Friday, March 09, 2007

The FSF's Open Letter to Steve Jobs...

Recently I posted an article responding to Steve Jobs' "Thoughts on Music", calling Jobs insincere in his stated desire to eliminate DRM software in iTunes - which strips away consumer rights over the music they legally purchase.

Now the Free Software Foundation has set up an Open Letter to Steve Jobs. It states, "it has been three weeks now since you published your pledge to drop DRM, and there have been many responses from commentators who have outlined actions you could take to back up your words. The fact that you have not taken any action leads us to ask the question: How genuine is your pledge?"

As I suggested in my previous post on the subject, it seems evident that Jobs called for the elimination of DRM, not because it's the right thing to do, but rather as a negotiating tactic to leverage against the new deal Apple must make with the recording industry. The Free Software Foundation is trying to hold Jobs accountable for his statements (or put another way, is attempting to find out if his statement was an outright lie), and should be supported in their endeavor. Again, DRM software makes it so that when you buy a song on iTunes, you can never play it on any device other than an iPod, essentially locking you in for life, even if down the road you'd rather get a Zune, Dell, or other Mp3 player.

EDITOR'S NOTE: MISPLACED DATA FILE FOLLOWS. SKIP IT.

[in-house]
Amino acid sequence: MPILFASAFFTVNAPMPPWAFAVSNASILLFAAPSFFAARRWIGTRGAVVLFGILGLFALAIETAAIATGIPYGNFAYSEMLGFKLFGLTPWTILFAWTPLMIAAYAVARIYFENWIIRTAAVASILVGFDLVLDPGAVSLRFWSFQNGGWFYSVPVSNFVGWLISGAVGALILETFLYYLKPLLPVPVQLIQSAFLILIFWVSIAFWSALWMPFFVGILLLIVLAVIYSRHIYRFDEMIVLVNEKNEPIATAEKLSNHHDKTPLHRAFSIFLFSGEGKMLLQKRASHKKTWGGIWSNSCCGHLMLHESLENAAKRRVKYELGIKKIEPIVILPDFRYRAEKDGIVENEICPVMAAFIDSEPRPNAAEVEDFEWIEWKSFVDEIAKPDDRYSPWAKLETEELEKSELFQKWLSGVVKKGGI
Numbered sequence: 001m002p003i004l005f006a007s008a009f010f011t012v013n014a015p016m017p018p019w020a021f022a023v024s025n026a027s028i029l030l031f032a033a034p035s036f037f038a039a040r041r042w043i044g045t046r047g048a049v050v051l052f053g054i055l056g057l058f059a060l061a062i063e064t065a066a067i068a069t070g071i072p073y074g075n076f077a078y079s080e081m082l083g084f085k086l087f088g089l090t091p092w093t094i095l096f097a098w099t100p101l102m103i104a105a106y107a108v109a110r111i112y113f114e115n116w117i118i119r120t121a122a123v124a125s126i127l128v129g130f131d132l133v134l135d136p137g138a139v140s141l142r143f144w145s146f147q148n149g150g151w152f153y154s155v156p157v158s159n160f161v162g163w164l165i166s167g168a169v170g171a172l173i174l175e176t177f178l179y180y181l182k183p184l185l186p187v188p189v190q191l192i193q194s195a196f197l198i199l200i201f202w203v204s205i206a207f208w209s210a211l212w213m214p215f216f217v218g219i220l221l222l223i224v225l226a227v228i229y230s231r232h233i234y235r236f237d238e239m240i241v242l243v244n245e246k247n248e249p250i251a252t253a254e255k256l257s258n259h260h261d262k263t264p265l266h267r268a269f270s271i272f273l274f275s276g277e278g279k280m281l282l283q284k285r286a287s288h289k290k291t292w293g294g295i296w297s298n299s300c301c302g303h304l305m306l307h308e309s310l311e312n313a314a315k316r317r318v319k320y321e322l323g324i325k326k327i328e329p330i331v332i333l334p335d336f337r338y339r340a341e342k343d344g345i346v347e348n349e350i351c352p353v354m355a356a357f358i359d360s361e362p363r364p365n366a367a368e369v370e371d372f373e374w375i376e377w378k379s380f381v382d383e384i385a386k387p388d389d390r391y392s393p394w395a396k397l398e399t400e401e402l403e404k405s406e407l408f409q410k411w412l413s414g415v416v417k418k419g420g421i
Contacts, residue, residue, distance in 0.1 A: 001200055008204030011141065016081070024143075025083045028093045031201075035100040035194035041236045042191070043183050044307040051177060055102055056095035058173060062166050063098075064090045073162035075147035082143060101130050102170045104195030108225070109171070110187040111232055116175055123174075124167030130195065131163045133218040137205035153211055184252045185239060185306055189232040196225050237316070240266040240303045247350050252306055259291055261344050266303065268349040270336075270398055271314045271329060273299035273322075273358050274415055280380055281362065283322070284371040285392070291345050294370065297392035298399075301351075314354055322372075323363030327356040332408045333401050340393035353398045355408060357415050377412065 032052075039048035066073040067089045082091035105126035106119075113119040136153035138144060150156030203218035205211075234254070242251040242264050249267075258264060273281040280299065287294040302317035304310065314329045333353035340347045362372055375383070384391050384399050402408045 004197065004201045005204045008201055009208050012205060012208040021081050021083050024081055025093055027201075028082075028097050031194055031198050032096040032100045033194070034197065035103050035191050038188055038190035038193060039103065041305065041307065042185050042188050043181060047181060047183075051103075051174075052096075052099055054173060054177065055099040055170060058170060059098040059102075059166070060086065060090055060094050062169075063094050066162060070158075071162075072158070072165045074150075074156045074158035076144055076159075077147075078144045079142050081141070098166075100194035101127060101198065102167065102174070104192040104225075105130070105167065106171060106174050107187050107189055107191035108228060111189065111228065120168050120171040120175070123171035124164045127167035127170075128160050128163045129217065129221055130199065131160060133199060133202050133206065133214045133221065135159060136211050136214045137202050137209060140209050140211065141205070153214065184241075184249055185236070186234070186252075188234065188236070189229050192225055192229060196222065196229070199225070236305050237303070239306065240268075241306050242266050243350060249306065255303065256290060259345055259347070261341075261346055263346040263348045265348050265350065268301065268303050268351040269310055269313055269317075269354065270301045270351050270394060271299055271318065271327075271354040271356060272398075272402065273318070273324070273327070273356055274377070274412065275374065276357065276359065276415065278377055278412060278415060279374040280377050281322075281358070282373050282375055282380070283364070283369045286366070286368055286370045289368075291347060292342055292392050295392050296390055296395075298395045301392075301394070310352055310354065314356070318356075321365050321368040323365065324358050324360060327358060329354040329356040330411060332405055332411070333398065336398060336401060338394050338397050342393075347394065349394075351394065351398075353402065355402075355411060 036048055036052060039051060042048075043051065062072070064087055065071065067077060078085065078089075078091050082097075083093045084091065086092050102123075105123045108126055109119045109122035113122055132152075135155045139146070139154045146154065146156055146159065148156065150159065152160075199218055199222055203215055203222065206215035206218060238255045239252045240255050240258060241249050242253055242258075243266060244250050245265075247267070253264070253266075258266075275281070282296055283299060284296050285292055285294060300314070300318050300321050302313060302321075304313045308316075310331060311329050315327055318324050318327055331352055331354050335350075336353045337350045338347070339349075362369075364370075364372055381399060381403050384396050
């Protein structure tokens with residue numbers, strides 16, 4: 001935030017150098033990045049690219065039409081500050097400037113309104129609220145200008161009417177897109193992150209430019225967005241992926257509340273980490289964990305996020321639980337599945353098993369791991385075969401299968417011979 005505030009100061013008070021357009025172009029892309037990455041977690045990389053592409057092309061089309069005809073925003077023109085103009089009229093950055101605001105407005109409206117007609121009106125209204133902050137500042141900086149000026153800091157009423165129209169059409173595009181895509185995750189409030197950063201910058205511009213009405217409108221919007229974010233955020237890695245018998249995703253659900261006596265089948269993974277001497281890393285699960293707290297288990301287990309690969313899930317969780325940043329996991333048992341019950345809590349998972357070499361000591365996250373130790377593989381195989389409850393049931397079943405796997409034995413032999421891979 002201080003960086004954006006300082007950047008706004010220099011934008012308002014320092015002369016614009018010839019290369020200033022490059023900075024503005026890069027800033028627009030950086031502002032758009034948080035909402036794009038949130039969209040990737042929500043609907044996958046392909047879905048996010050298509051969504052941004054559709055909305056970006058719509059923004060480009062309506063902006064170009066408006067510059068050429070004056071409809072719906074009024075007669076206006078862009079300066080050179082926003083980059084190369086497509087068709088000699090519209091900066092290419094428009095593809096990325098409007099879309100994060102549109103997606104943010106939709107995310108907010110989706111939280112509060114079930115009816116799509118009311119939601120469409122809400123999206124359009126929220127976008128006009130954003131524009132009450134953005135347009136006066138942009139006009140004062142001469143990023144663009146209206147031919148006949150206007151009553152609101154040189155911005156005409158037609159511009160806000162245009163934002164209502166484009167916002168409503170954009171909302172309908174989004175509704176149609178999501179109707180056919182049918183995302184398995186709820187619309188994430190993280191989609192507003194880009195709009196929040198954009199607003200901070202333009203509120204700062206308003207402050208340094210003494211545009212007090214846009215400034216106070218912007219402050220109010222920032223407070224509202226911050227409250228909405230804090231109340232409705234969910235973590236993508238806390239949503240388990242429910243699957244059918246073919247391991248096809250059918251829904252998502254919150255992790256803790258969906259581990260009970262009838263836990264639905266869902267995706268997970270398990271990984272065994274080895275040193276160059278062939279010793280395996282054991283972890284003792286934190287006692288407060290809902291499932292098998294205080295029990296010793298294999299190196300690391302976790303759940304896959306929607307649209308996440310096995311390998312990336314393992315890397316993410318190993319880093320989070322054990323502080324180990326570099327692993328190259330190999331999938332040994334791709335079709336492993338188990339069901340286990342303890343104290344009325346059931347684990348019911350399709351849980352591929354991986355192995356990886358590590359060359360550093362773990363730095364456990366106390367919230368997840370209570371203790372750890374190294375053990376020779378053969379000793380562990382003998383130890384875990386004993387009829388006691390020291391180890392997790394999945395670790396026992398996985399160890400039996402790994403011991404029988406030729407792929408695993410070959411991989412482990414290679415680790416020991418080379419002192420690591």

The Free Software Foundation does suggest two worthy things that Jobs can do TODAY to show the world he is sincere in his desire to eliminate DRM. First would be to drop DRM on iTunes for independent artists. As their letter states, "many independent artists and labels distribute their music through iTunes and many wish to do so without DRM, but you won't let them. You could show good faith immediately by dropping DRM for those artists and labels."

Second, Jobs should take a public stand against legislation mandating DRM by funding a campaign to repeal the Digital Millenium Copyright Act's (DMCA) prohibitions. "The impact of DRM and the DMCA will have chilling effects on our freedom of speech. In a world where our radio shows, TV shows, news, and political coverage, come laden with DRM---because digital TV, digital radio and webstreaming have been mandated to use DRM---we will have lost the legal right to make commentary using source materials. Free speech through parody and quotation will have disappeared."

The ball is in Steve Jobs' court. He is in the unique position to back up his words through action. If he does not truly want to eliminate DRM, then he should at least be honest and say so to the public. Enough deceit.


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